Jovi’s street anthem Et P8 Koi (So What?) shows the use of Cameroonian language in hip-hop as means of depicting identity in a globalized music industry. Jovi is known to put out “multilingual bangers” with backing tracks from various musical disciplines. The creativity in production is mirrored by his dynamic lyricism that transcends cultural and musical boundaries. He raps in French and English – languages inherited from former colonists – to “bridge the gap that exists between anglophones and francophones” in Cameroon. Note that the French and English in the song don’t entirely mirror that of Europe, but rather include Cameroonian slang and dialects – known as Camfranglais, the mix of French and English native to Cameroon – which makes the music more representative of the Cameroonian identity. Continue reading “Surprise! Another blog bout Jovi”
First of all, listen to the bass hit at 00:19. It’s the sickest beat on which you can open your verse in a song like this.
Belgian-Congolese rapper Badi’s collaboration with Central African DJ Boddhi Satva in the Kitendi music video coins their representation of the Central African identity and culture in Francophone Europe (particularly in Belgium and France). The video is set in Café Barge in Paris and focuses on the fashion choices of all individuals present, at the same time, it capitalizes on their presence as a group to create the most fly-looking squad for a music video. Continue reading “Kitendi”
The patriarchal influence of marketing music sales leaves Askia unfettered. Her style in this music video is a mixture of aggression, pride, and bravery that reflects the persistence to overcome gender discriminatory constraints women face in society. In a music industry dominated by men, such that it is rare for female rappers to gain the same recognition and popularity as male rappers, Askia flips the status quo by projecting herself and her crew as artists unperturbed by the systemic limits presented by patriarchal culture. Her aggression and flow make up the confidence that translates to No Worry Me.Continue reading “Patriarchy No Worry Me”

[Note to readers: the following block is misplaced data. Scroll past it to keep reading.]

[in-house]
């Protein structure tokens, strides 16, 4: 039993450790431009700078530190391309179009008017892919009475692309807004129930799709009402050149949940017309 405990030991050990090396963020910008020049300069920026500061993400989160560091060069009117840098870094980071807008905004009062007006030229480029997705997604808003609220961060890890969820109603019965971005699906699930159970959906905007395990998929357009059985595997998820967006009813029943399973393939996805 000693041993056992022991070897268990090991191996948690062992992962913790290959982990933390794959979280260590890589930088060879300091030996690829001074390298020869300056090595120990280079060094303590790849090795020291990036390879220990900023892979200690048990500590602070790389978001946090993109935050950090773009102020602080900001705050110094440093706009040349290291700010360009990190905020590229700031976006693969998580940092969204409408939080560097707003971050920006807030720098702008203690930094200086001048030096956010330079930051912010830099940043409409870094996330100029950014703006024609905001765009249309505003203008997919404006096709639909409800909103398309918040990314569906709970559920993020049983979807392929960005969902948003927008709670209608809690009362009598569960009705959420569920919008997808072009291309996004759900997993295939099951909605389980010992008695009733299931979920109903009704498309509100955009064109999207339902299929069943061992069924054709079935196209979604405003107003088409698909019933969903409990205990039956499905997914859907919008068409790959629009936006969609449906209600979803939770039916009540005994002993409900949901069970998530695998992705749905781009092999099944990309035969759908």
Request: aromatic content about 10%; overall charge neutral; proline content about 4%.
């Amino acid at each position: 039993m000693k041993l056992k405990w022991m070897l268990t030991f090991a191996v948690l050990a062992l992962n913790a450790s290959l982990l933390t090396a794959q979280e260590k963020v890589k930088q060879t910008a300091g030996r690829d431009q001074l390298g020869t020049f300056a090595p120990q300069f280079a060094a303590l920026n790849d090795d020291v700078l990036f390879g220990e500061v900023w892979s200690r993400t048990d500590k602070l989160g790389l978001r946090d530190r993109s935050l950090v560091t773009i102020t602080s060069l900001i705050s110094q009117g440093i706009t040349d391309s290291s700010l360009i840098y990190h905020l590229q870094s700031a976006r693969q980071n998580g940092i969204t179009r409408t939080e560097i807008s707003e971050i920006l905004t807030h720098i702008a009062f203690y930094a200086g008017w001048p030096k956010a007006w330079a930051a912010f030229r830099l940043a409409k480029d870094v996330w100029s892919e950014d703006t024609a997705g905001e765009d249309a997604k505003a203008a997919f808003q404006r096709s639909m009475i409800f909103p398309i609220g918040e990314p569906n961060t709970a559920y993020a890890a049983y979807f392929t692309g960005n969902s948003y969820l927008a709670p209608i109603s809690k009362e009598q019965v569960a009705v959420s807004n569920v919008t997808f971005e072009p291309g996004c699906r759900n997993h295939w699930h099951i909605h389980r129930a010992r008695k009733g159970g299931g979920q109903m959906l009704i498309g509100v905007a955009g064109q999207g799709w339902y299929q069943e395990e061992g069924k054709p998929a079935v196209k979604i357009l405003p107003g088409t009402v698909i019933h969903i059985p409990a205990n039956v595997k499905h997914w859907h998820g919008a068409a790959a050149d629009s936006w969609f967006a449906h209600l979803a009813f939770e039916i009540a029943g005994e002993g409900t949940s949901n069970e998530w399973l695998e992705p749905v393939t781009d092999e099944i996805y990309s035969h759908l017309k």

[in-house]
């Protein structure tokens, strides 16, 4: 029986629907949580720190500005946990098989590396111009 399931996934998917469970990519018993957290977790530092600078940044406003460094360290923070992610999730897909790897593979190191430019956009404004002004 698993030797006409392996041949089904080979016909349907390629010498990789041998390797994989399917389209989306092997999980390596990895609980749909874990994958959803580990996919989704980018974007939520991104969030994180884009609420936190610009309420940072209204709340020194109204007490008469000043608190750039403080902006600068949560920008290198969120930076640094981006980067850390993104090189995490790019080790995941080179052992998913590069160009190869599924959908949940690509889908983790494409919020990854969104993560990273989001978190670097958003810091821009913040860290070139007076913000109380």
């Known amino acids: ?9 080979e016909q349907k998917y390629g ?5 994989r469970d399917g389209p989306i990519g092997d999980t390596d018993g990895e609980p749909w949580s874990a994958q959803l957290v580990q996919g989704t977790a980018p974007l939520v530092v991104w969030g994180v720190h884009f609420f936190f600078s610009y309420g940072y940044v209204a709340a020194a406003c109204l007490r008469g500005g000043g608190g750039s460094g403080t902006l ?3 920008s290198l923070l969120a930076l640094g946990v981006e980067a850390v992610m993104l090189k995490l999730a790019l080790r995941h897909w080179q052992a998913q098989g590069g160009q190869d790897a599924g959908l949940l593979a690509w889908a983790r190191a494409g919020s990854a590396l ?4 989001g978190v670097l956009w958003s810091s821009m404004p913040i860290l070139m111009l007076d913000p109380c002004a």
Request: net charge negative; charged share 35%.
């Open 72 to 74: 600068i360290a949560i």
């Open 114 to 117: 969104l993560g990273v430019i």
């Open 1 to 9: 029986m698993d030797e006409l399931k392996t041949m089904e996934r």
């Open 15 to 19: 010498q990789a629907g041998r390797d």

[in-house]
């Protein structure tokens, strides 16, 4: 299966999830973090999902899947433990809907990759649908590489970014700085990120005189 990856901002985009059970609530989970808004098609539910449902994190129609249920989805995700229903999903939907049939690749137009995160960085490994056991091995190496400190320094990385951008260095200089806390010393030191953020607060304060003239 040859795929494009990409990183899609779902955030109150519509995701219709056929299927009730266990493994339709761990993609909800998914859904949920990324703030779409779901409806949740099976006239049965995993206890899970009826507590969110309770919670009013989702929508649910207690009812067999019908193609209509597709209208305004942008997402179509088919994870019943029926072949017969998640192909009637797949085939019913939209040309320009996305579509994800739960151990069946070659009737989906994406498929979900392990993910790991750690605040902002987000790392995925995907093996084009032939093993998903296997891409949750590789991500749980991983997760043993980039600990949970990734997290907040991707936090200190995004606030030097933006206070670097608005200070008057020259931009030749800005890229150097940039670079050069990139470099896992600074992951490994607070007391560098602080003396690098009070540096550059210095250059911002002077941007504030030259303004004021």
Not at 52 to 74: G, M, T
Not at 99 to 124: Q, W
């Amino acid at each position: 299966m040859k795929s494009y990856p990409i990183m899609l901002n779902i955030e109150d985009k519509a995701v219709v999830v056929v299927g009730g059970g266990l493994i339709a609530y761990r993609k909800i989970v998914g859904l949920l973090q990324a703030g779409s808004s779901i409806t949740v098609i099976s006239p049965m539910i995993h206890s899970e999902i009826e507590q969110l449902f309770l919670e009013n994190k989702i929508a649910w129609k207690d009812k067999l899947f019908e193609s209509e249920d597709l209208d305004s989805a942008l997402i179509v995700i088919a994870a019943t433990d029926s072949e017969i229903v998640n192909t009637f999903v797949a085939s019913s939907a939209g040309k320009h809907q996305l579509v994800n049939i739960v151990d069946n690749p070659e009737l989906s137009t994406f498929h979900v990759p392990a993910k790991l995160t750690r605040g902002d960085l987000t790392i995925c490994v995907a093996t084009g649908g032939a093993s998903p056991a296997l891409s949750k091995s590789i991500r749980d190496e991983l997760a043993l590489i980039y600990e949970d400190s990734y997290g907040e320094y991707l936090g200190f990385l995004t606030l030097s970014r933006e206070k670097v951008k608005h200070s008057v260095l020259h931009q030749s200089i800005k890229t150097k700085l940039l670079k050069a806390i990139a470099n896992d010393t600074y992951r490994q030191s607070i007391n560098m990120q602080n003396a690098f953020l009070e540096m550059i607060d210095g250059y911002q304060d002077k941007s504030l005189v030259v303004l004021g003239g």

This post is another testament to Jovi, and his art that has the power of erasing class and gendered boundaries to solidify the Cameroonian social identity. Check out his music video for Zélé and you’ll see what I am talking about.
In world where African hip-hop artists are being accused of imitating American culture to produce their art, Cameroonian rapper Jovi represents the amalgamation of the two cultural art forms by producing a unique style that is distinct to his home country, but also carves out his own place in the global hip-hop scene. Jovi himself coined Mboko – a rising genre that merges Native African influences such as Bottle Dance and Makossa with Western electronic and hip-hop influences. In his video for Devil No Di Sleep, he lucidly showcases the influence Western hip-hop has on Cameron’s scene, but continues to represent his home country. Continue reading “How Jovi makes us bump to the sound of Cameroon”